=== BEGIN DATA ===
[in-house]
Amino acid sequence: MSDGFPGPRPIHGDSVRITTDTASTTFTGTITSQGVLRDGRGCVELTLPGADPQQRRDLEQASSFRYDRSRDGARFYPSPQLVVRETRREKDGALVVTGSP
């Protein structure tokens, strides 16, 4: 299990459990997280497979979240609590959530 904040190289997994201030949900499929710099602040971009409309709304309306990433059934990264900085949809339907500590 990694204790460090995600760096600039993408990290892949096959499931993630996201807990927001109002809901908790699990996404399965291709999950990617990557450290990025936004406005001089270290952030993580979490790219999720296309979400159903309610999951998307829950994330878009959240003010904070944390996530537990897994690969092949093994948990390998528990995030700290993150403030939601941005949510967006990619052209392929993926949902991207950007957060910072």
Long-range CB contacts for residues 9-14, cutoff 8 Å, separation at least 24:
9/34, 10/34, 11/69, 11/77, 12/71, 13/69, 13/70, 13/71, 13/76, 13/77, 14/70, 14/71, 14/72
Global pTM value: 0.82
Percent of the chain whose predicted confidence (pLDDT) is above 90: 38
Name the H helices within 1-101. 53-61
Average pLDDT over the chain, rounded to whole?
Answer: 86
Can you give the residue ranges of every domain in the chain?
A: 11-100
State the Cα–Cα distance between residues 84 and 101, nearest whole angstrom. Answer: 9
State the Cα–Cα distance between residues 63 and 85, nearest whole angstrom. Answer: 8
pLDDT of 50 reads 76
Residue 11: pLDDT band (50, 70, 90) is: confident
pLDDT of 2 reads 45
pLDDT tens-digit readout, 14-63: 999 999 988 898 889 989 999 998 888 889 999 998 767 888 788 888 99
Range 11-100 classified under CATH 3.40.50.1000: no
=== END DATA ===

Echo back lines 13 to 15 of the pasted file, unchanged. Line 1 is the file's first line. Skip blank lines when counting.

State the Cα–Cα distance between residues 84 and 101, nearest whole angstrom. Answer: 9
State the Cα–Cα distance between residues 63 and 85, nearest whole angstrom. Answer: 8
pLDDT of 50 reads 76